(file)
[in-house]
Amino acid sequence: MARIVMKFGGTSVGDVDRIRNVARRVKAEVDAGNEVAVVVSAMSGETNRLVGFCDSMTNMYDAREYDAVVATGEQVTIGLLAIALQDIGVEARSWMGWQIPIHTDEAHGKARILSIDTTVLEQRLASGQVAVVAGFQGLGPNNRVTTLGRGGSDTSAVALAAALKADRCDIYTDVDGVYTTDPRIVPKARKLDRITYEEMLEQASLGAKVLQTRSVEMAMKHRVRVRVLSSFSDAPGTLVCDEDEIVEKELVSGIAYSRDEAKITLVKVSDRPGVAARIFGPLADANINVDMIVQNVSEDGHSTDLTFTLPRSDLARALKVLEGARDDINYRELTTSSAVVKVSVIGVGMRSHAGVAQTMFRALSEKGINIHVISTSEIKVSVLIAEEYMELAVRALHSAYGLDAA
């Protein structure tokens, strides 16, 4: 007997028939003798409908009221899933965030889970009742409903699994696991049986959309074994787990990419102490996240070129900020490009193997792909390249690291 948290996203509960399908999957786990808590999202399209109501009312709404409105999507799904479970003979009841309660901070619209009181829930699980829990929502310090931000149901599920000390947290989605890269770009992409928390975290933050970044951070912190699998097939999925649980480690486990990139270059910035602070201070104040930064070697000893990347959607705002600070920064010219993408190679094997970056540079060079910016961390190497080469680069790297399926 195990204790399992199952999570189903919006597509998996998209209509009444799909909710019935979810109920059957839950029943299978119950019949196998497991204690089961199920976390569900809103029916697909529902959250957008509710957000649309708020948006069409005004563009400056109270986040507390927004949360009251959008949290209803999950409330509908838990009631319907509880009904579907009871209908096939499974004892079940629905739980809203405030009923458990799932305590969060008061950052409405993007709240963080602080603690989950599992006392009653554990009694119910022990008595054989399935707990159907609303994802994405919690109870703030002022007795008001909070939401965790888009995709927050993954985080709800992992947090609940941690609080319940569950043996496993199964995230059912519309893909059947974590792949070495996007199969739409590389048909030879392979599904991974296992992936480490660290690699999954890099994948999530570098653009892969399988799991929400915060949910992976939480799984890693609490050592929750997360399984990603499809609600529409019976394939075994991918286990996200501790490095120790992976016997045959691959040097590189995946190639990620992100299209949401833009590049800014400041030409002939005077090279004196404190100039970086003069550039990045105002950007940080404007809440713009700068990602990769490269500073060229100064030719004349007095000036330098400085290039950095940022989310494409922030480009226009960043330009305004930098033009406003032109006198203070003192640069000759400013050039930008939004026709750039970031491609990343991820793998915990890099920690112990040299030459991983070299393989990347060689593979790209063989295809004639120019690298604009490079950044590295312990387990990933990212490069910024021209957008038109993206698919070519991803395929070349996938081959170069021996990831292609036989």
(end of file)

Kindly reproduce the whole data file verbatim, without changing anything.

[in-house]
Amino acid sequence: MARIVMKFGGTSVGDVDRIRNVARRVKAEVDAGNEVAVVVSAMSGETNRLVGFCDSMTNMYDAREYDAVVATGEQVTIGLLAIALQDIGVEARSWMGWQIPIHTDEAHGKARILSIDTTVLEQRLASGQVAVVAGFQGLGPNNRVTTLGRGGSDTSAVALAAALKADRCDIYTDVDGVYTTDPRIVPKARKLDRITYEEMLEQASLGAKVLQTRSVEMAMKHRVRVRVLSSFSDAPGTLVCDEDEIVEKELVSGIAYSRDEAKITLVKVSDRPGVAARIFGPLADANINVDMIVQNVSEDGHSTDLTFTLPRSDLARALKVLEGARDDINYRELTTSSAVVKVSVIGVGMRSHAGVAQTMFRALSEKGINIHVISTSEIKVSVLIAEEYMELAVRALHSAYGLDAA
């Protein structure tokens, strides 16, 4: 007997028939003798409908009221899933965030889970009742409903699994696991049986959309074994787990990419102490996240070129900020490009193997792909390249690291 948290996203509960399908999957786990808590999202399209109501009312709404409105999507799904479970003979009841309660901070619209009181829930699980829990929502310090931000149901599920000390947290989605890269770009992409928390975290933050970044951070912190699998097939999925649980480690486990990139270059910035602070201070104040930064070697000893990347959607705002600070920064010219993408190679094997970056540079060079910016961390190497080469680069790297399926 195990204790399992199952999570189903919006597509998996998209209509009444799909909710019935979810109920059957839950029943299978119950019949196998497991204690089961199920976390569900809103029916697909529902959250957008509710957000649309708020948006069409005004563009400056109270986040507390927004949360009251959008949290209803999950409330509908838990009631319907509880009904579907009871209908096939499974004892079940629905739980809203405030009923458990799932305590969060008061950052409405993007709240963080602080603690989950599992006392009653554990009694119910022990008595054989399935707990159907609303994802994405919690109870703030002022007795008001909070939401965790888009995709927050993954985080709800992992947090609940941690609080319940569950043996496993199964995230059912519309893909059947974590792949070495996007199969739409590389048909030879392979599904991974296992992936480490660290690699999954890099994948999530570098653009892969399988799991929400915060949910992976939480799984890693609490050592929750997360399984990603499809609600529409019976394939075994991918286990996200501790490095120790992976016997045959691959040097590189995946190639990620992100299209949401833009590049800014400041030409002939005077090279004196404190100039970086003069550039990045105002950007940080404007809440713009700068990602990769490269500073060229100064030719004349007095000036330098400085290039950095940022989310494409922030480009226009960043330009305004930098033009406003032109006198203070003192640069000759400013050039930008939004026709750039970031491609990343991820793998915990890099920690112990040299030459991983070299393989990347060689593979790209063989295809004639120019690298604009490079950044590295312990387990990933990212490069910024021209957008038109993206698919070519991803395929070349996938081959170069021996990831292609036989």